The Church of England invests part of its £5.5 billion portfolio indirectly in Wonga, the same payday lender that this week the archbishop of Canterbury said the church would try to “compete out of existence”.
An investigation by the Financial Times found that the church invested around £75,000 in Accel Partners, the US venture capital firm that in 2009 helped Wonga raise £13.9m to improve its technology and launch in the same year.
In 2011, the Church of England’s Ethical Investment Advisory Group (EIAG) banned the church from investing in payday lenders. A spokesperson said at the time, “The policy draws on Christian theology on the need for the greatest care to ensure that lending to poorer members of society is not exploitative.”
Although Accel itself is not a payday lender, its influential role in helping Wonga launch four years ago has led Lambeth Palace – the archbishop’s official residence – to describe the church’s investment as a “serious inconsistency”.
Justin Welby said he was “irritated” and “embarrassed” at the revelation. The archbishop told Total Politics magazine on Tuesday that he planned to remove Wonga and other payday lenders as the go-to sources of short-term loans, and replace them with credit unions backed by the church.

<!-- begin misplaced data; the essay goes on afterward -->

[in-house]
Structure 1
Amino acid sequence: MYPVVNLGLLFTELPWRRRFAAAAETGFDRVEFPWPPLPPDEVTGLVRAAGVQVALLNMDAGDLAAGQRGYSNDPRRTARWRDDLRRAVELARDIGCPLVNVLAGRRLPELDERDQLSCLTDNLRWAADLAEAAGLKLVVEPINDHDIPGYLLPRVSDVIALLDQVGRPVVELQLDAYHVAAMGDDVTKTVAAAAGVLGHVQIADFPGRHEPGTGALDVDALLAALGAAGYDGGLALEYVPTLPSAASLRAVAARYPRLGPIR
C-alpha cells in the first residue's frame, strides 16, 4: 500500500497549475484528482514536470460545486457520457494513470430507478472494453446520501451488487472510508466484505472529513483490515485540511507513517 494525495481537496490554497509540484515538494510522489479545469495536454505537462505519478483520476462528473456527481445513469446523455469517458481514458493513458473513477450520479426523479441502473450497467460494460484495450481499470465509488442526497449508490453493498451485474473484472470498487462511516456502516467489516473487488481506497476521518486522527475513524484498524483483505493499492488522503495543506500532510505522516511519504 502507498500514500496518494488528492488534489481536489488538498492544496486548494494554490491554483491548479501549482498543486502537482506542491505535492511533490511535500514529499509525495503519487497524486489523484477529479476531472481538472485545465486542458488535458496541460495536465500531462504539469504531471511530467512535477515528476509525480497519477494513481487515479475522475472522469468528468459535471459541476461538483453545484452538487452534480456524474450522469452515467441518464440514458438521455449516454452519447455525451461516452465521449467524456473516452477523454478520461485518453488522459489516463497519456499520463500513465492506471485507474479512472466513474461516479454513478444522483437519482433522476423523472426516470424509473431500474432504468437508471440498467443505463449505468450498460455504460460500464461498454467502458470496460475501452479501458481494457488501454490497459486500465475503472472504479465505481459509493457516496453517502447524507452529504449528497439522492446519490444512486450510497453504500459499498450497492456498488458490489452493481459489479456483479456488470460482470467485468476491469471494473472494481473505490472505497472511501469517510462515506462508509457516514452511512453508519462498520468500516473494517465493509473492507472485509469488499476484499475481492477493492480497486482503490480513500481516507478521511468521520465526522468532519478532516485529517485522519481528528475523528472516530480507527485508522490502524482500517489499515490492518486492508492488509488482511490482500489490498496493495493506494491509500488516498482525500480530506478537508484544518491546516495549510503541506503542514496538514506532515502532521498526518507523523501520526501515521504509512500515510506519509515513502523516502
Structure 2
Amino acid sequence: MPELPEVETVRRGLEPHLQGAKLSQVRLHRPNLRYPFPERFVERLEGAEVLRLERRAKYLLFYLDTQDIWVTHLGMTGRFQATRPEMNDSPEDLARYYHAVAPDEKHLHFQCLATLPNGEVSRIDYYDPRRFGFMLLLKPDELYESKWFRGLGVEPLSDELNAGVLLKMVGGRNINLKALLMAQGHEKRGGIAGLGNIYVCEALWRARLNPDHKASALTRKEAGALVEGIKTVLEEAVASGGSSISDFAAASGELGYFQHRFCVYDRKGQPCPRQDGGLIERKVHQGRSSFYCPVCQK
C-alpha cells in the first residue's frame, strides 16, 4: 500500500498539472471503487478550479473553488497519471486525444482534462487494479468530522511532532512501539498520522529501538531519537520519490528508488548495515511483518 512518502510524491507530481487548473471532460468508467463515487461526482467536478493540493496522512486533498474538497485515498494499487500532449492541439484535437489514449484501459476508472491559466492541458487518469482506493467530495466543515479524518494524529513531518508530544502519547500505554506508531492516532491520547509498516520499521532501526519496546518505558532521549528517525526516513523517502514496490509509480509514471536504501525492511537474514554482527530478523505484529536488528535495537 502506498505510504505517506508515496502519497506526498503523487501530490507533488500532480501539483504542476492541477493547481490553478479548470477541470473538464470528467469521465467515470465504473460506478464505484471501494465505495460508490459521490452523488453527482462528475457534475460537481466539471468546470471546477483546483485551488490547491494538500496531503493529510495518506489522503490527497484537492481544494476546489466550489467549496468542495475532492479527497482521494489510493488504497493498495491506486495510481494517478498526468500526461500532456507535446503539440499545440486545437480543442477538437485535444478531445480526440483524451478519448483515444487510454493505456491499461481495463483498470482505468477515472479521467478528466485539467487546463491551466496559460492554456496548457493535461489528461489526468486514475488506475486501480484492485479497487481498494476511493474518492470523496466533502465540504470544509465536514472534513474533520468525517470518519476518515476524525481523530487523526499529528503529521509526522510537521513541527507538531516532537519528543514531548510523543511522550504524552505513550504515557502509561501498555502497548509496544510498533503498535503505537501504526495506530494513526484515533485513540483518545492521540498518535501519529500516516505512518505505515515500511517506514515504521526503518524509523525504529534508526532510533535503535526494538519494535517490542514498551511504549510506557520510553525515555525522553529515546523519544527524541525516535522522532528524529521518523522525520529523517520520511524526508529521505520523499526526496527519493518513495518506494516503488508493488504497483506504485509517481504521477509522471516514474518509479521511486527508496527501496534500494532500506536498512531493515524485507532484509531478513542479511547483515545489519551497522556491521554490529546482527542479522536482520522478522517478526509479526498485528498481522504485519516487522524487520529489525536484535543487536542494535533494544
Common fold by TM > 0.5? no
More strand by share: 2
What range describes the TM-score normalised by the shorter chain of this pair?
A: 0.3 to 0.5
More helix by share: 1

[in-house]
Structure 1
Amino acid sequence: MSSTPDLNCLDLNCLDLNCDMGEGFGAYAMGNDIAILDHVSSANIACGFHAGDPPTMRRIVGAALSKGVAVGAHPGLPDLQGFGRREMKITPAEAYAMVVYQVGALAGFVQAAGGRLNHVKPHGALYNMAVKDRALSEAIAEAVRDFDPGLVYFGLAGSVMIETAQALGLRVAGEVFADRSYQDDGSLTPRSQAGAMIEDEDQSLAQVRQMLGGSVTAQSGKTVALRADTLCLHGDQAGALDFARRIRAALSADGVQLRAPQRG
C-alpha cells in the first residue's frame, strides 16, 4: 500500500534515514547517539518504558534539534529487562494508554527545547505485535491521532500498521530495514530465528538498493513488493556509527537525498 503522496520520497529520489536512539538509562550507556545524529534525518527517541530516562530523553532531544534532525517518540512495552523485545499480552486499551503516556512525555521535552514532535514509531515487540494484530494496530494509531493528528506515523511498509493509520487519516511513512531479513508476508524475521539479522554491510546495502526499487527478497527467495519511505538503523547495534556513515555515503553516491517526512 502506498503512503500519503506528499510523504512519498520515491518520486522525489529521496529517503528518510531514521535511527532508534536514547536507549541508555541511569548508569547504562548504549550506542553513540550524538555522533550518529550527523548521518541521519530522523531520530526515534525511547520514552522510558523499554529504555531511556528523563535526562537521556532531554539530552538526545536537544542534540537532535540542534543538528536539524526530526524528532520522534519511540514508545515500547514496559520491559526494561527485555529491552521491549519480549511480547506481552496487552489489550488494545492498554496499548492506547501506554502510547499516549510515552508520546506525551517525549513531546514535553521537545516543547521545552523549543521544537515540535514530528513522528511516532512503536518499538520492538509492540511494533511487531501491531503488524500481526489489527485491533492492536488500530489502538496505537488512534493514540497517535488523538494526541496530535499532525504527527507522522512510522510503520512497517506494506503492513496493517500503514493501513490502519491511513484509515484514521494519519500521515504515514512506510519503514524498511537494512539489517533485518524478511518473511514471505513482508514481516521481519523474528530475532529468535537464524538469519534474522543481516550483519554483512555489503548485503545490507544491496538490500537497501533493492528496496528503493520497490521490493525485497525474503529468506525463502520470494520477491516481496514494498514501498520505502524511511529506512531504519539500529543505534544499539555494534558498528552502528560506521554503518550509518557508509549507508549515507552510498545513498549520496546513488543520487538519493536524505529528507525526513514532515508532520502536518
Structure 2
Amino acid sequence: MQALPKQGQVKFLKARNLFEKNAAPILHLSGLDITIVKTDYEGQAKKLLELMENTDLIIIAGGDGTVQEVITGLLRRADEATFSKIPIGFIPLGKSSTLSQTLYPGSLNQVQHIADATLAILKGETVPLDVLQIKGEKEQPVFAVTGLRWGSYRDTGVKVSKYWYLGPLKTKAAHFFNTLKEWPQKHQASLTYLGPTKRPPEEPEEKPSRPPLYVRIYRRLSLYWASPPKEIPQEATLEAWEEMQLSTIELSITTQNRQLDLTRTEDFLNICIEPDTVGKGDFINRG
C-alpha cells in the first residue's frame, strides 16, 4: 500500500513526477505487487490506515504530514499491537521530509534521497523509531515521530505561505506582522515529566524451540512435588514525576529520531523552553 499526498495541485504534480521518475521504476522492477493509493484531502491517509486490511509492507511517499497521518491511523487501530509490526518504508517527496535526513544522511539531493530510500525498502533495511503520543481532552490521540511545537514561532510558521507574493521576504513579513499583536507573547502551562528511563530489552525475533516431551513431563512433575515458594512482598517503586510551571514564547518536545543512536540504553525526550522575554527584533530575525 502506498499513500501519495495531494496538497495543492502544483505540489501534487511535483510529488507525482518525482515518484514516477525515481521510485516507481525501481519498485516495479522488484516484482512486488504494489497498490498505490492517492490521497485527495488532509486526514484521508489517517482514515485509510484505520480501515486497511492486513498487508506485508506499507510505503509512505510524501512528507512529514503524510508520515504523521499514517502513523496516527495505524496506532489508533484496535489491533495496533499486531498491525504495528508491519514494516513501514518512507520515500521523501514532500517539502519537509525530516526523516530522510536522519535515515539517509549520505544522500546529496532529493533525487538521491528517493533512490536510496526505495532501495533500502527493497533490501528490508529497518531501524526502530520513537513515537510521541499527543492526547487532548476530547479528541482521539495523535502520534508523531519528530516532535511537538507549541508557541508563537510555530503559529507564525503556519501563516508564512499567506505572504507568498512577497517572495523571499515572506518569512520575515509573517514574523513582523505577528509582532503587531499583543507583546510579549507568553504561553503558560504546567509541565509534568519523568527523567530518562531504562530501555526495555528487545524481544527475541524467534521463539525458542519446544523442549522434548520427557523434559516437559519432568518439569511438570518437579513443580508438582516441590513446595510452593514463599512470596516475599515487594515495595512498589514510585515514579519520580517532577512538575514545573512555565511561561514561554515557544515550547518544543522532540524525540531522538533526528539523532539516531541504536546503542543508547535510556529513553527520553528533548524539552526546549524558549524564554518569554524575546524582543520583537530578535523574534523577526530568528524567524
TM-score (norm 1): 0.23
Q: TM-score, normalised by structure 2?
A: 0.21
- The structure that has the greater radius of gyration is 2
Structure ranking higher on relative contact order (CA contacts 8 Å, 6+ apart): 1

Speaking to BBC Radio 4’s Today programme on Friday, he said, “[Investing in Accel] shouldn’t happen, it’s very embarrassing, but these things do happen. We have to find out why and make sure it doesn’t happen again.”
The church’s investments are split between three national investing bodies: the Church Commissioners for England, the Church of England Pensions Board and the CBF Church of England Funds, which are managed by CCLA.
The EIAG’s ethical investment policy, which covers all three bodies, recommends against investment in firms that derive more than 25% of their turnover from tobacco, gambling, alcoholic drinks, human embryonic cloning and high interest rate lending.
Companies with more than 3% of revenue from pornography are recommended against; as are those with more than 10% from conventional weapons. The EIAG also says no to investment in what it calls “indiscriminate weaponry”.
The CBF Church of England Investment Fund, which is managed by CCLA, says it “supports” the EIAG’s ethical and responsible investment policy. Its top five UK equity holdings are HSBC, Shell, BHP Billiton, Vodafone and GlaxoSmithKline. Overseas investments include Chevron and ExxonMobil.
After the diocese of Southwark recently passed a resolution backing the church’s complete divestment from fossil fuels, a church spokesperson said its ethical investment policy in this area was “up for review” – though high-carbon energy sources are currently not excluded.
Mark Letcher, vice-chair of Christian environmental group Operation Noah, said at the time, “There is a strong ethical and theological argument for complete and rapid divestment from this sector.”
The Church Commissioners said it was working to find similar discrepancies to its investment in Accel.